Nay, seek not to speak soothingly to me of death, glorious Odysseus. I should choose, so I might live on earth, to serve as the hireling of another, of some portionless man whose livelihood was but small, rather than to be lord over all the dead that have perished.8
In the Underworld, Hades ruled over a minor pantheon of chthonic beings and built a palace called the House of Hades. There he lived with Persephone (for several months of the year) and his “guests,” the countless dead who had successfully made the journey to the Underworld.
Others were not so lucky. Those who failed to pay their toll to the ferryman Charon were left to wail on the far bank of the river Styx. Those who were judged to have lived wickedly, as well as those who had attempted to elude death and deprive Hades of their soul, were consigned to dreadful Tartarus, a region below Hades full of misery and torturous punishments.
One famous example of what awaited in Tartarus involved Sisyphus, a mortal king who had offended the gods somehow. According to the best-known version, Sisyphus had tricked Thanatos (the personification of death) by chaining him up when he came to claim his life.9 For this deed, Hades cast Sisyphus into Tartarus and assigned him the impossible task of rolling a boulder to the top of a hill that he could never reach. Every time he had nearly reached the top, the boulder would roll back down.
Originally, this was the extent of the Greek Underworld: a dreary, gray field for the majority of the dead, with special punishments reserved for a handful of sinners in Tartarus. This is the Underworld that Odysseus visits in Book 11 of the Odyssey (one of the earliest examples of Greek literature).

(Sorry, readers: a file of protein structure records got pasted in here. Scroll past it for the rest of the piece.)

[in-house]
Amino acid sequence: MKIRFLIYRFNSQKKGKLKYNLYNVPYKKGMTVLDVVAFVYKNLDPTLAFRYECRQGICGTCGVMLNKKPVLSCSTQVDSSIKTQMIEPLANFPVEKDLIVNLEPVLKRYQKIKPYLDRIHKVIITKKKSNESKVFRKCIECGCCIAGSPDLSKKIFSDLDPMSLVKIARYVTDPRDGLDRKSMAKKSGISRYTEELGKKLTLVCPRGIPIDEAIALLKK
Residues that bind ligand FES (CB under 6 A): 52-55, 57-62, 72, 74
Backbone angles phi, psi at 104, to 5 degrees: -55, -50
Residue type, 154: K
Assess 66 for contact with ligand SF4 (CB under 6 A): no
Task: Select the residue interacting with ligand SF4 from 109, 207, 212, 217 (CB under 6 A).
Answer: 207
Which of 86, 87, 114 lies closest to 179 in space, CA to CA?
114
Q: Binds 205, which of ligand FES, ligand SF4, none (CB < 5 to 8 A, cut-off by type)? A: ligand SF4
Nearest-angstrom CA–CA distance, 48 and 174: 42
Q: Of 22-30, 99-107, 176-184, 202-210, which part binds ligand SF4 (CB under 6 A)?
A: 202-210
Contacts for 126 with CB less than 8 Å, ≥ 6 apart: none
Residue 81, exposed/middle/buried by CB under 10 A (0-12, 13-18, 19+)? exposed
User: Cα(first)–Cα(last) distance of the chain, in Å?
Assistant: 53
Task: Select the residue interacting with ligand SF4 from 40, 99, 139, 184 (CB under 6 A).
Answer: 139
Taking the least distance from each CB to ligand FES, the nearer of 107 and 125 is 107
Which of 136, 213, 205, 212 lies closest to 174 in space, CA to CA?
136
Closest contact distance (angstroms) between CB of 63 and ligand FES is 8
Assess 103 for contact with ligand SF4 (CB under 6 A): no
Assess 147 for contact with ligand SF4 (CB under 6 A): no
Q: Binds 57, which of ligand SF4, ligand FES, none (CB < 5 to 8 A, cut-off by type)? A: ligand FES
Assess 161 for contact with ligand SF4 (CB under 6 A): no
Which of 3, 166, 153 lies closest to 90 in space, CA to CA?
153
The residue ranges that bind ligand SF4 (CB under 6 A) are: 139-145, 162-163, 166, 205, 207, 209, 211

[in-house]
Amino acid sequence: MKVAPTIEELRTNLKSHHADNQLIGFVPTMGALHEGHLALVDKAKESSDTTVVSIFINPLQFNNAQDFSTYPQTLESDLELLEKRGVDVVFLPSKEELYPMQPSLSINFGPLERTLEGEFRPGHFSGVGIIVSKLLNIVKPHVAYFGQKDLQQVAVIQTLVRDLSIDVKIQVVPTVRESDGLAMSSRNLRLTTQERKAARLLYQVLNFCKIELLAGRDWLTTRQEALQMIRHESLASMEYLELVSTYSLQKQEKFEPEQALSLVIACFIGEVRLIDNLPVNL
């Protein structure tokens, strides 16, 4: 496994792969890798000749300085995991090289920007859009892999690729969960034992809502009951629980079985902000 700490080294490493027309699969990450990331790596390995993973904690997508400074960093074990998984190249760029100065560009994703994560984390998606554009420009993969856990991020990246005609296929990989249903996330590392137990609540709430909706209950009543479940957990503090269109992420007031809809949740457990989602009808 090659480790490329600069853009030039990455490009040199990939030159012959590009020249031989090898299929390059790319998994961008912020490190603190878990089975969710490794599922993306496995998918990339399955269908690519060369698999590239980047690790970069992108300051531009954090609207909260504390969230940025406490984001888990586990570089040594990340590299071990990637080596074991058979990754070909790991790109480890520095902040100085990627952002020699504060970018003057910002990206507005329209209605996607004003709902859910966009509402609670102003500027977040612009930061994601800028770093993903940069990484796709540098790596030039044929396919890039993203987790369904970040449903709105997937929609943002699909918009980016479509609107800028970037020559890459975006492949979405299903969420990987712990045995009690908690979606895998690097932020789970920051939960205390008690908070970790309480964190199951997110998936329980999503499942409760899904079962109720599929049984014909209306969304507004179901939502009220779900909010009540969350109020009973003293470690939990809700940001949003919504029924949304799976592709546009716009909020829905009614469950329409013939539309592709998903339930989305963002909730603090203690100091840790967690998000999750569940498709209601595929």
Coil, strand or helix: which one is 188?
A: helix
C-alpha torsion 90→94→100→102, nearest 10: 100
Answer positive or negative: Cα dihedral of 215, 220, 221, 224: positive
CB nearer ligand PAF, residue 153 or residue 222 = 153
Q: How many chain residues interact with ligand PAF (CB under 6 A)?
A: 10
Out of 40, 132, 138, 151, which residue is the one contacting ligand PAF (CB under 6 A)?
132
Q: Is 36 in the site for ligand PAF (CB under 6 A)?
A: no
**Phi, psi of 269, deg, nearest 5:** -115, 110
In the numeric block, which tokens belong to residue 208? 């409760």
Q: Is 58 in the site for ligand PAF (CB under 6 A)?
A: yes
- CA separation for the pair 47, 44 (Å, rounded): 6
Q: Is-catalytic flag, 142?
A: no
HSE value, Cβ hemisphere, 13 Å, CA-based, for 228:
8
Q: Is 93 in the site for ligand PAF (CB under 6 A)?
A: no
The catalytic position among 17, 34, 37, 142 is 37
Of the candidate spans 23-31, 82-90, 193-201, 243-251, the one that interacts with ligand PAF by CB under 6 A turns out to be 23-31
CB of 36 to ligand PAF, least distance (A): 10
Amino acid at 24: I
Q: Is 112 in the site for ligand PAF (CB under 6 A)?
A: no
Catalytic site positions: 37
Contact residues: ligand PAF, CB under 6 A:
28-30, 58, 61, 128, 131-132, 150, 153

Only in later periods of Greek history was the Underworld divided more clearly into three regions: one for the blessed dead, variously called Elysium or the Isles of the Blessed, which was reserved for only the greatest heroes and demigods; one for criminals and sinners who had offended the gods, called Tartarus; and one for everybody else, usually called the Fields of Asphodel or simply Hades.
Hades and Persephone
The central myth of Hades involved his abduction of Persephone. Hades was visiting earth (a rare occasion) when he noticed the beautiful Persephone, daughter of Zeus and Demeter, picking flowers and playing with her friends. Smitten, Hades swooped down on Persephone in his black chariot, seized the young goddess, and carried her away to the Underworld.
Demeter, the goddess of fertility and agriculture, searched far and wide for her missing daughter, but in vain. Her hunt eventually led her to Eleusis, where she withdrew from the world in a temple built in her honor. Demeter was so stricken with grief that she cursed the ground so that nothing would grow.